As the senior living industry continues to evolve, there is a growing need to incorporate healthcare facility planning and design principles that cater to the needs of older adults. Healthcare architects and designers work together to create safe and aesthetically pleasing environments that feel like home.

Healthcare architecture and design play a crucial role in creating modern senior living facilities that meet the evolving needs of residents. Here are some fundamental building blocks to creating a senior-friendly, safe, and comfortable environment in healthcare facilities.

1, Divide and Conquer

Assisted living facilities are dividing their staff and residents into smaller ecosystems to prevent the transmission of infections from one group to another. This has translated into the design of communal living spaces. For instance, architects are creating smaller vestibules to give each group their amenities, satellite dining areas, lounge space, and private fitness rooms. They also provide secluded rooms to interact with families or visitors.

2. A Taste of the Great Outdoors

Healthcare architects and designers are incorporating biophilic design principles to create environments harmoniously with nature. For instance, indoor potted plants and well-tended lawns help to improve air quality. Research has also shown that exposure to natural light helps patients and residents maintain circadian rhythms while enhancing the quality of sleep and mental and physical well-being.

3. A Hands-Free Approach

The Covid 19 pandemic has accelerated the adoption of hands-free, sensor-based technology. Architects install devices like sensors to enable the touchless opening and closing of doors, walkthrough thermal cameras or temperature scanners at entrances, and automated light and temperature controls. As a result, furniture and common surfaces are becoming more durable and easier to clean.

Check out our blog post on how healthcare facilities are using healthcare architecture and design elements to keep their environments safe and sterile.

4. Home Sweet Home:

Transitioning to an assisted living community is challenging for older adults or their families. According to research, it is projected that by 2040, senior citizens will comprise approximately 22% of the population. This has led to increasing demand for long-term care facilities that can assist with their daily activities. Despite this, most adults (77%) would rather receive care in their own homes.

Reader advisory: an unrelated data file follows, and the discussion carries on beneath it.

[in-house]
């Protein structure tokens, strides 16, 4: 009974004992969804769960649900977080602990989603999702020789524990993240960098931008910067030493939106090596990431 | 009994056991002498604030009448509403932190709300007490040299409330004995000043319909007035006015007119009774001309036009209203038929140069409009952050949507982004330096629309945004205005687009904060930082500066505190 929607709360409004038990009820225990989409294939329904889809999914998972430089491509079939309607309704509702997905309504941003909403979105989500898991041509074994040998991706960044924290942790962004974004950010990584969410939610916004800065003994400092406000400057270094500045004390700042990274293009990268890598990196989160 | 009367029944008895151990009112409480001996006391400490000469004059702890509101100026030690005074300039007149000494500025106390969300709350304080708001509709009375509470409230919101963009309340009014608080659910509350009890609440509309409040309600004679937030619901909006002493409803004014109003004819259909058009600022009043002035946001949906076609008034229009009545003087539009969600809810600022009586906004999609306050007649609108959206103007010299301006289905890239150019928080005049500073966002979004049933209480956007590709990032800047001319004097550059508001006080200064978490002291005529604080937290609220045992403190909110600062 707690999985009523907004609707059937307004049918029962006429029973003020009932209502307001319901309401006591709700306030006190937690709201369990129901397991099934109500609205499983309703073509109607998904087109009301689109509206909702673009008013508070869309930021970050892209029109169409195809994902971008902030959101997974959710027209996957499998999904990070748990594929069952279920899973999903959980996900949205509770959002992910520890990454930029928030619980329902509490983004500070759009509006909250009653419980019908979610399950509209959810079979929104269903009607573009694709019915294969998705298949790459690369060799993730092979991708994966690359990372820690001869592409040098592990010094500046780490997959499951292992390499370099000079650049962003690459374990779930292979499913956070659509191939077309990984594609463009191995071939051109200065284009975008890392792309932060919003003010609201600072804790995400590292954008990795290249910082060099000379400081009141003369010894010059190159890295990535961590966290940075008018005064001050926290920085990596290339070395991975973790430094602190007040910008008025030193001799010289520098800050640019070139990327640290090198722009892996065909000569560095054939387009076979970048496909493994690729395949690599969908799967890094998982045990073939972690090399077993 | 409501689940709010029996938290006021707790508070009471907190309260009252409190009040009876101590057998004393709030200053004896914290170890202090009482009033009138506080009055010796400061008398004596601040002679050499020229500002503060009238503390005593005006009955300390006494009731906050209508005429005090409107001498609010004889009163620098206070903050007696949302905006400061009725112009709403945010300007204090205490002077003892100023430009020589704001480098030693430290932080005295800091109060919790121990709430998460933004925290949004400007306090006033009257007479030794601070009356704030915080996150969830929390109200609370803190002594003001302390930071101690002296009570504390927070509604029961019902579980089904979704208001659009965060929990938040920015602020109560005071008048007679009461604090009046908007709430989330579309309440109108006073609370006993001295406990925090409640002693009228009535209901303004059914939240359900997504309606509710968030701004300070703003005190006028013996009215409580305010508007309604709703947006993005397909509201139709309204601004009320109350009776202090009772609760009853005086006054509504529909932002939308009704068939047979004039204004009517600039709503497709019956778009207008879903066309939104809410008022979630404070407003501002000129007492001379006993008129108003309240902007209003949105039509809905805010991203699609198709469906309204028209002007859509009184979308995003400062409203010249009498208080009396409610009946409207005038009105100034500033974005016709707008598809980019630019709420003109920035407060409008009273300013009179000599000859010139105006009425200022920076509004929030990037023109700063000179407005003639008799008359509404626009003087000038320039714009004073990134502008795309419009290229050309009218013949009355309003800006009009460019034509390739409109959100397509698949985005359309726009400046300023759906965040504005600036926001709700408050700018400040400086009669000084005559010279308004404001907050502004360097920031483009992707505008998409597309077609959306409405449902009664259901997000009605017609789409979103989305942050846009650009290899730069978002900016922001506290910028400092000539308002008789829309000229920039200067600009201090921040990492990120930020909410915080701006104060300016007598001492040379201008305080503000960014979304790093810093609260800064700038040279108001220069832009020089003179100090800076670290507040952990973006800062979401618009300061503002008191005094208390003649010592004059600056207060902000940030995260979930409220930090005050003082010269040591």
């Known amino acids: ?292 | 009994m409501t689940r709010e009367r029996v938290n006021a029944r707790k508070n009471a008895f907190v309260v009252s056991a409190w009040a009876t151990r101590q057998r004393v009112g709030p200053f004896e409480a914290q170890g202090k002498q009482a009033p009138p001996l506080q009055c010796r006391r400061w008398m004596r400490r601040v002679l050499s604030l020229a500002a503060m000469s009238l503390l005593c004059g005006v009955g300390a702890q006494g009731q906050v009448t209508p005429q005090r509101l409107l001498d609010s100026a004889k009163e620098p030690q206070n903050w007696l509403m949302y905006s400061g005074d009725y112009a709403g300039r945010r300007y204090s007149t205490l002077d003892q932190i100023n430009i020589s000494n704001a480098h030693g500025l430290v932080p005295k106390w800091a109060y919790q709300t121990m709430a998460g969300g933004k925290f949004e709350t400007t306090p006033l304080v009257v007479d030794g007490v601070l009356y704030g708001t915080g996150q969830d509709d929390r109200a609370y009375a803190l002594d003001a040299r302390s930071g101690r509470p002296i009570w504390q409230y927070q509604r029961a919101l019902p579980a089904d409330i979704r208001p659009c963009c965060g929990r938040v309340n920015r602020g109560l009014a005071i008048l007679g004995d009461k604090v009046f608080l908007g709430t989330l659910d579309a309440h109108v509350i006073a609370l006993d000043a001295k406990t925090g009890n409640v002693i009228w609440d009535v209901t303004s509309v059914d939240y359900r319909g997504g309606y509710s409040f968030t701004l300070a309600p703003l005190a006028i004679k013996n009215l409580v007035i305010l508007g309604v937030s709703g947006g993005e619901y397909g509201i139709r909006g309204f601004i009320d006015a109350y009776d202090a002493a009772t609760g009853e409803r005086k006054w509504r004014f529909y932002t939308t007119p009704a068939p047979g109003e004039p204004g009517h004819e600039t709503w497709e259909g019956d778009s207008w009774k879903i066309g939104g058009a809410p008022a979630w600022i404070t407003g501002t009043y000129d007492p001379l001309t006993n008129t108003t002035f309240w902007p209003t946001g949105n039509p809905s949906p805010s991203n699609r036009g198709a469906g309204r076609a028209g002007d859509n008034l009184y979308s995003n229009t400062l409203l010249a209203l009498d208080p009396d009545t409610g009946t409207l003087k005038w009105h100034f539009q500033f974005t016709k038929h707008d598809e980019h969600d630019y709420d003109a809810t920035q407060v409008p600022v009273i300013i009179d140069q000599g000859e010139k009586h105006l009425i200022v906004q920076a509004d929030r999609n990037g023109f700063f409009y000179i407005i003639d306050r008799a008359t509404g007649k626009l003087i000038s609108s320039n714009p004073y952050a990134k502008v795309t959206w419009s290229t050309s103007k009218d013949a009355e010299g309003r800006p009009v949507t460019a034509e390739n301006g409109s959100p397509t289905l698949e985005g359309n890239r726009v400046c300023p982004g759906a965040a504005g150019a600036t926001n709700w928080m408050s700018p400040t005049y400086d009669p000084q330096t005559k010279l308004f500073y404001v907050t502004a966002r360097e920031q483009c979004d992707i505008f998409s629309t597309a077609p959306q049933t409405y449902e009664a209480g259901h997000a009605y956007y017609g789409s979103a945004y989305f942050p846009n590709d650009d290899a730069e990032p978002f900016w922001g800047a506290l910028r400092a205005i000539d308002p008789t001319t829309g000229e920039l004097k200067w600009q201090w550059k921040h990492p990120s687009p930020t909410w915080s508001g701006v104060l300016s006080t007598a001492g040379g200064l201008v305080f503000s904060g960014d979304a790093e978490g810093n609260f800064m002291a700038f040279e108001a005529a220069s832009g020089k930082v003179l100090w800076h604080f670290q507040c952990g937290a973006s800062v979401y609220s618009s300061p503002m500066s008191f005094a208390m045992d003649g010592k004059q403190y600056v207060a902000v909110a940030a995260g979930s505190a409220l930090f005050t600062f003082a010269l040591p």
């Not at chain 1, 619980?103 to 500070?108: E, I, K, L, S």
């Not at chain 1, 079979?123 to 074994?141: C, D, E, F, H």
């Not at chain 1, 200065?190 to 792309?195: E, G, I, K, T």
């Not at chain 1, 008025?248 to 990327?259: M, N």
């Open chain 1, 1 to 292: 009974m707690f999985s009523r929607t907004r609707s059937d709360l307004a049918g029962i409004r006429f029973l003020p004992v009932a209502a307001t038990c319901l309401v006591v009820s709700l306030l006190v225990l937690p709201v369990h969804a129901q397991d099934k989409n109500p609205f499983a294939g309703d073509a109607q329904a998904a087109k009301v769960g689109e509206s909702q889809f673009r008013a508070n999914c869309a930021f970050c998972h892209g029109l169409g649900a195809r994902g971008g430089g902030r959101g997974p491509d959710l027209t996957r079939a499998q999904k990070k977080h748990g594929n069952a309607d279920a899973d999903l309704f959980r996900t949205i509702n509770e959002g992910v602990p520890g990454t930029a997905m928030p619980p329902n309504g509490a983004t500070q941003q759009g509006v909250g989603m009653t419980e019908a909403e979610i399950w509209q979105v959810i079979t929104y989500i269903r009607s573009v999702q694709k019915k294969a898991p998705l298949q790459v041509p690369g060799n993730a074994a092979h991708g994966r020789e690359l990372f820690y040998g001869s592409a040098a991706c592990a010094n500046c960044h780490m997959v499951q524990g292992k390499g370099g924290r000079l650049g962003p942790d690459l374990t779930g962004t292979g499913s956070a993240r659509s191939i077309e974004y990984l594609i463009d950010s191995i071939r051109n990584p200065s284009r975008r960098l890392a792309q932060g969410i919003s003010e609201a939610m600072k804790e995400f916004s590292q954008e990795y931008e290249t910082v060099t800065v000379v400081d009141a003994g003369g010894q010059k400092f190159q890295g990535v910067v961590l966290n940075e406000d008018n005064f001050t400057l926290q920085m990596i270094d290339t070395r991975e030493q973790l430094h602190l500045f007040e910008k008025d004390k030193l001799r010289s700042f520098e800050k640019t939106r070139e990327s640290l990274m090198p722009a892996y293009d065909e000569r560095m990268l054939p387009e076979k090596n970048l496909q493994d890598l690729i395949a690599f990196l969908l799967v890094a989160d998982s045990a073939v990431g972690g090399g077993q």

Visionary Bill Thomas said, “ Let’s go beyond; let’s move past the era of mass institutionalization. Let’s create a model based on one of our oldest ideas: people living in their own homes.”

Healthcare architects and designers are taking inspiration from the hospitality industry and residential home design to create warm, welcoming environments that remind residents of their homes. The challenge is to balance efficient, institution-like settings and cozy, warm, home-like environments that help seniors retain their independence and privacy.

5. Supporting Caregivers

It is essential to consider the staff facilities and senior resident environments for overall design improvement in assisted living facilities. The Covid 19 pandemic has highlighted the need for facilities to ensure the safety and well-being of staff members at the forefront of caring for the residents.

Healthcare architects and designers are incorporating design elements that create a safe and healthy work environment for staff.

6. Leaving No One Behind: The Importance of Inclusive Design

Healthcare architects and designers are also using inclusive design principles to create spaces that are accessible and comfortable for all residents, regardless of their abilities. This includes designing spaces that are easy to navigate, with adequate lighting, contrasting colours, and clear signage.

Doorways and hallways should be wide enough for wheelchairs, and bathrooms should have grab bars, non-slip flooring, and wheelchair-accessible sinks and showers.

The inclusive design also extends to the use of furniture and fixtures that are adaptable and adjustable. For example, height-adjustable dining tables and beds can be lowered or raised to assist with transfers.

7. Beautiful Spaces for Better Living

Art and aesthetics are also essential to healthcare design in senior living facilities. Studies have shown that our environments profoundly influence our cognitive abilities.

“We tend to think we must make things simple for older adults. But this isn’t always true.”  Dr. Upali Nanda, HKS Principal and Director of Research.[2] 

When senior citizens encounter complex environments, their brain function and neuroplasticity flourish as they engage with different stimuli.

Healthcare architects and designers are incorporating artwork, murals, and sculptures that reflect the local community’s culture and history to create a welcoming and aesthetically pleasing environment.

Check out our detailed blog on how design elements in a healthcare environment can help improve mental health.

Conclusion

As healthcare designers, we understand that creating safe and aesthetically pleasing environments that feel like homes for older adults is essential. Incorporating senior-friendly elements into healthcare facility planning and design principles is vital to cater to the needs of older adults and their families.

As the senior living industry evolves, it is our responsibility to keep pace with the changing needs and expectations of the aging population.

Kshititi Nagarkar, Shree Designs